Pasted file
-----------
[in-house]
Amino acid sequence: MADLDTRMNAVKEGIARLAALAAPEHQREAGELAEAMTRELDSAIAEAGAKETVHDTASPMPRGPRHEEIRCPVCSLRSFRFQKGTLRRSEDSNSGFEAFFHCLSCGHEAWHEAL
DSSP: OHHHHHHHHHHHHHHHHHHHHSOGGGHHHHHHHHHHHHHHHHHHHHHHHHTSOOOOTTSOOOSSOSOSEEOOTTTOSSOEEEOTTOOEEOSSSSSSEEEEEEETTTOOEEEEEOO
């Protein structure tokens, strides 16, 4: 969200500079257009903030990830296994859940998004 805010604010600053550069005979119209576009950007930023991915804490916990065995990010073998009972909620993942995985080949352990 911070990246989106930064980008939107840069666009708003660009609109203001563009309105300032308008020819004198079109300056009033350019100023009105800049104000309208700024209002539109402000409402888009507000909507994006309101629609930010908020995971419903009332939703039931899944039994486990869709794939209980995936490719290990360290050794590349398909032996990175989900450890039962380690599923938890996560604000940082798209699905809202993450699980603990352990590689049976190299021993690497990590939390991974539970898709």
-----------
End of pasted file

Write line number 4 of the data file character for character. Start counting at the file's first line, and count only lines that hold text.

């Protein structure tokens, strides 16, 4: 969200500079257009903030990830296994859940998004 805010604010600053550069005979119209576009950007930023991915804490916990065995990010073998009972909620993942995985080949352990 911070990246989106930064980008939107840069666009708003660009609109203001563009309105300032308008020819004198079109300056009033350019100023009105800049104000309208700024209002539109402000409402888009507000909507994006309101629609930010908020995971419903009332939703039931899944039994486990869709794939209980995936490719290990360290050794590349398909032996990175989900450890039962380690599923938890996560604000940082798209699905809202993450699980603990352990590689049976190299021993690497990590939390991974539970898709």